Born in the lower Rio Grande Valley of South Texas, Gloria Evangelina Anzaldúa (1942–2004) was a prolific writer, scholar, and activist. Her corpus of work includes essays, books, edited volumes, children’s literature, and fiction/autohistorias. Anzaldúa’s life and writing are at the forefront of critical theory as it interacts with feminism, Latinx literature, spirituality, spiritual activism, queer theory, and expansive ideas of queerness and articulations of alternative, non-Western epistemologies and ontologies. The geographical proximity to the US–Mexican border figures prominently throughout in her work, as does her theorization of metaphorical borderlands and liminal spaces. Her oft-cited text Borderlands/La Frontera: The New Mestiza is included in many university courses’ reading lists for its contributions to discourses of hybridity, linguistics, intersectionality, and women of color feminism, among others. Anzaldúa began work on her more well-known theories prior to the publication of Borderlands/La Frontera and continued to develop these theories in her post-Borderlands/La Frontera writing, both published and unpublished. After her sudden death due to complications of diabetes in 2004, Anzaldúa’s literary estate was housed in the Nettie Lee Benson Latin American Collection at the University of Texas, Austin in 2005.
Salah El Moncef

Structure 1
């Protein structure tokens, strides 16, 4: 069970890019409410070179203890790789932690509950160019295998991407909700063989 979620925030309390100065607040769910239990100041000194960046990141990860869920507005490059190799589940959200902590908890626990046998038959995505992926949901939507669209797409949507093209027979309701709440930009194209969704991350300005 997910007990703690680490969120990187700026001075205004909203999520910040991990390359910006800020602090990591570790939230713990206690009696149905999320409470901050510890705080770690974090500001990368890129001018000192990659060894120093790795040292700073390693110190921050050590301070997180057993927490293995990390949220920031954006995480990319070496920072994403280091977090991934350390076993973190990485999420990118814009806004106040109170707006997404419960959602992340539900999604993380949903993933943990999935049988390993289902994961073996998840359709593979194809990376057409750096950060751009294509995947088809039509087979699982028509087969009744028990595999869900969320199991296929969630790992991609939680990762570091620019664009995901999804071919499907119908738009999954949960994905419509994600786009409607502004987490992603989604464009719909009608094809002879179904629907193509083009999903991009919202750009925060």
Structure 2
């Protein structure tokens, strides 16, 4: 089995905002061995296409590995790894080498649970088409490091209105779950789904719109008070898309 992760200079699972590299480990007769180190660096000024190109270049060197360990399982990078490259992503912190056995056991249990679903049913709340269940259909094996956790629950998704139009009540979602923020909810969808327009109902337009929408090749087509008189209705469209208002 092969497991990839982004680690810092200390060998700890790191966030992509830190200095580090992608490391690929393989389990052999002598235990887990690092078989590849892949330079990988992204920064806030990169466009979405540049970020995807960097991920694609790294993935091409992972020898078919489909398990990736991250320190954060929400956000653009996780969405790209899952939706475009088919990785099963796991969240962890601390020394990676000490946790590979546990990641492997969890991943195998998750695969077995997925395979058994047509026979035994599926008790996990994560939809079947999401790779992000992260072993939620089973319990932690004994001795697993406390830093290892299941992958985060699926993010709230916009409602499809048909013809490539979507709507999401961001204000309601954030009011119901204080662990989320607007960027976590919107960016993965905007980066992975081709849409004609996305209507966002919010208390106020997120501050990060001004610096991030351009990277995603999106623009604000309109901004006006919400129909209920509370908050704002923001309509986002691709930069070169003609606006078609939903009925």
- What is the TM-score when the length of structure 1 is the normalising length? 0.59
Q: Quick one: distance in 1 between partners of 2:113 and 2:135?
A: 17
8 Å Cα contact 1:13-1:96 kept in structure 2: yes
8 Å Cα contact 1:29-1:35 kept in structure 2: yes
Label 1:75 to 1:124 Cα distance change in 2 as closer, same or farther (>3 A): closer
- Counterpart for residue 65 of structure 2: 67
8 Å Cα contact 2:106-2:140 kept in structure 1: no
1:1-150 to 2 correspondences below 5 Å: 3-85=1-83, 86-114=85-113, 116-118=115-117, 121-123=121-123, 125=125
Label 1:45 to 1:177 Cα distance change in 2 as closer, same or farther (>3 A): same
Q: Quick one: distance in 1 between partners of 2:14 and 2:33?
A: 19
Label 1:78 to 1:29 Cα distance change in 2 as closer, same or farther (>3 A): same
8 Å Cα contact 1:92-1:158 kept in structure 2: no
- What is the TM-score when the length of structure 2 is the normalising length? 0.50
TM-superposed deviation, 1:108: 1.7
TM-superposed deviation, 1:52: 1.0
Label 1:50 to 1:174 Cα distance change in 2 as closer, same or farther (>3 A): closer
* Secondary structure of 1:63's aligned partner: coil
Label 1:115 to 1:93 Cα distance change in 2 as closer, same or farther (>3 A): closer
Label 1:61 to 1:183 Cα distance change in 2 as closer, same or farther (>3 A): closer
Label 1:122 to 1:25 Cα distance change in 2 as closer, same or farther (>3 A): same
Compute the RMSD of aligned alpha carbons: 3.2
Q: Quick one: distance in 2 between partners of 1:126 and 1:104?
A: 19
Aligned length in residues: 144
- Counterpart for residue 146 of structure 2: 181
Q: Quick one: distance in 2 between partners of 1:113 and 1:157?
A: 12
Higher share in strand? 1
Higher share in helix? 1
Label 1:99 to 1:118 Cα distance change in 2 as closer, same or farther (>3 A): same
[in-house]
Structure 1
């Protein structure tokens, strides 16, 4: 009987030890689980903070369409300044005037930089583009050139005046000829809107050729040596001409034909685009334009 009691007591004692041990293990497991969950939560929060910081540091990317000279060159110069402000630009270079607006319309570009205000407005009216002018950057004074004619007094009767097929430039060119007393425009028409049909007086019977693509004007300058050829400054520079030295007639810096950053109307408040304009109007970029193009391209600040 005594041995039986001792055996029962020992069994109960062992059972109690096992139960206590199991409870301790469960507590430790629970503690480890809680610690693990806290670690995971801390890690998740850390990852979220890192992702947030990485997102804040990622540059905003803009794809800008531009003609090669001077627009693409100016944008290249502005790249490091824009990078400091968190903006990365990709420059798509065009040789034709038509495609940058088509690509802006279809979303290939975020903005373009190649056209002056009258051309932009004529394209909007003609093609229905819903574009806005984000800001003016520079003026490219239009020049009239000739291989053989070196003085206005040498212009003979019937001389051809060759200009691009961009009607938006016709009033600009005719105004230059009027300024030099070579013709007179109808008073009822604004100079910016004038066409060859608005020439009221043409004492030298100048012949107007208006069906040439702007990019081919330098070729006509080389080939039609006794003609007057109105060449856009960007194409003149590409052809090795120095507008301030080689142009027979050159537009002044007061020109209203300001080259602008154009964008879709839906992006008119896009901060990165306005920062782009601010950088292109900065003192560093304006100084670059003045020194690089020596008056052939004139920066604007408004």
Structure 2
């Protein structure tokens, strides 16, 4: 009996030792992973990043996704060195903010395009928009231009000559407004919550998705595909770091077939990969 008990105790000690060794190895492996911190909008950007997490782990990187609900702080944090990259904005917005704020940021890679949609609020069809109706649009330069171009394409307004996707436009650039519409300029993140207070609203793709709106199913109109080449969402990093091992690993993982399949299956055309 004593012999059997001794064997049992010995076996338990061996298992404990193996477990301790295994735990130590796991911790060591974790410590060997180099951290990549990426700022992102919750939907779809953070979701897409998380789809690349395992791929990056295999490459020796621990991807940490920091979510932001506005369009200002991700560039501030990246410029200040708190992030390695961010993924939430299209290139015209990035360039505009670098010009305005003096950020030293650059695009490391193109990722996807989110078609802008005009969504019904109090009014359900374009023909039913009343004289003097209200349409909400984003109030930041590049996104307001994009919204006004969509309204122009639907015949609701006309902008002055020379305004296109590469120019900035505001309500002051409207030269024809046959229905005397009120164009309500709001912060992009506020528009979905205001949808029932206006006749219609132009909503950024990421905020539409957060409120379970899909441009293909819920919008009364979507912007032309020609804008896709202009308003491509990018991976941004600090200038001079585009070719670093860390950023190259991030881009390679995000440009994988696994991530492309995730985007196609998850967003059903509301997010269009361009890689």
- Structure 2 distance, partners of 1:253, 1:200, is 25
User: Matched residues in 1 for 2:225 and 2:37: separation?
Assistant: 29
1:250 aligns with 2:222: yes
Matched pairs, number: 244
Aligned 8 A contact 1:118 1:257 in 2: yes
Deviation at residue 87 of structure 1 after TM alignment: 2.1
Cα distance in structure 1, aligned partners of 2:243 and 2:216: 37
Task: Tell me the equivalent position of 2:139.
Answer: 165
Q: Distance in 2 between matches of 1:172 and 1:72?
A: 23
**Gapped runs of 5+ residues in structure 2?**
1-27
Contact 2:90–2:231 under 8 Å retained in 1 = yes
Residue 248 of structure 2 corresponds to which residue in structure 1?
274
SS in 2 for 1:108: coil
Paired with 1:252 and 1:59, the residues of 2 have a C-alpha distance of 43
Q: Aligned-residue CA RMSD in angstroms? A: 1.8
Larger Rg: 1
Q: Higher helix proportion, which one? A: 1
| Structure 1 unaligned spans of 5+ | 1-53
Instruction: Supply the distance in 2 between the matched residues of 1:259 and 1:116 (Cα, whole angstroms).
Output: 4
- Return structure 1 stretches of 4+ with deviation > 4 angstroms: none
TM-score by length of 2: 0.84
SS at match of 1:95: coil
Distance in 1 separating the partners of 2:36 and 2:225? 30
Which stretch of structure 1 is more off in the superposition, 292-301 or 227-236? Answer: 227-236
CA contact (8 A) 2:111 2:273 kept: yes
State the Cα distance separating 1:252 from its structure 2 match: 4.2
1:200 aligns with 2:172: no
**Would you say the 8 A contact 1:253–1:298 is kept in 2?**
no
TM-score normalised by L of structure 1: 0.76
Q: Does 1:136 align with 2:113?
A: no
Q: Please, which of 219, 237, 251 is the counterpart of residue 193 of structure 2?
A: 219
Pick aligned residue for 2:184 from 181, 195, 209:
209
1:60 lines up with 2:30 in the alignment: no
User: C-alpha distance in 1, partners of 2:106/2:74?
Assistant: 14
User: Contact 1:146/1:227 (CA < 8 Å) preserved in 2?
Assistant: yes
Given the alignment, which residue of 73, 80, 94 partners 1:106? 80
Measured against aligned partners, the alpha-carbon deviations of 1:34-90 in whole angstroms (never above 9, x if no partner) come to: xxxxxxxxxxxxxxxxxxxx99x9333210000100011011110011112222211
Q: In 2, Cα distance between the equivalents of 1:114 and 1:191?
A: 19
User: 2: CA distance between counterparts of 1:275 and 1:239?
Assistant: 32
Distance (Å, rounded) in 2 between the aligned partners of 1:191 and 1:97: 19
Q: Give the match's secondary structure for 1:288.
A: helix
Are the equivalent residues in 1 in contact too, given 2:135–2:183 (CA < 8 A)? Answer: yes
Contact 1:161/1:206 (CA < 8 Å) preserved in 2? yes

As they developed their theory of minor literature in the mid-1970s, Gilles Deleuze and Félix Guattari created more than a concept of literary criticism. Articulating minor thought as a theoretical mode of engagement that impels the minor author to evolve into an agent of transformative experimentation and collective awareness, Deleuze and Guattari’s Kafka theorizes this radically reassessed function of the writer in terms of marginal subjectivity—the subject position of an “immigrant” whose task is to craft an innovative “minor language” on the margin of the “major language” of mainstream society, along with projecting new visions of diverse collectivities within the traditional nation-state that challenge and transform its identitarian definitions of gender, class, ethnic, cultural, and linguistic “standards.” It is around this paradigmatic conception of the minor subject as perpetual immigrant and “nomadic” other that Gloria Anzaldúa and Kathy Acker develop their own variations on the Deleuze–Guattarian minor mode: narrative presentations of the deterritorialized subjects that inhabit the pluralistic Borderlands (Borderlands/La Frontera) and the transnational Empire (Empire of the Senseless). Seeking to renew standard English in order to develop within it innovative esthetic, social, and global visions, the two authors confront their readers with the experiences of minority existence, endeavoring to develop, through the prototypical narrative agents at the center of their works, emergent modalities of hybrid transnational subjectivity—a new post-statist subject, in sum. By depicting their central narrative agents as transnational nomads confronted with the limitations and potentialities of their minority status, Acker and Anzaldúa engage in highly complex social and ontological explorations of the plural inflections of the minor subject as they are expressed in the hybrid idioms he or she adopts and the sociocultural choices they make. In presenting the reader with narrative agents who dwell on the margin of the general social norm, both authors posit the minor subject as the embodiment of a “borderline” existence in which the Borderlands and the Empire are not conceived as geopolitical spaces but rather as conceptual sites of social experimentation; collective realms governed by a universal desire to supersede all borders, imaginary or geopolitical. A central conclusion emerges from Acker’s and Anzaldúa’s visions of the transnational, hybrid subject and collectivity: the deterritorialized movements of groups and individuals envisioned by both authors are at the heart of the postmodern nomad’s aspirations—an inherently transnational quest for self-fulfillment through which she or he seeks unfamiliar horizons as she or he experiments with various elements of hybridity, allowing him/herself to apprehend the existential conditions of his/her exile as affirmative instruments toward asserting the global in relation to the local and the transnational in relation to the national.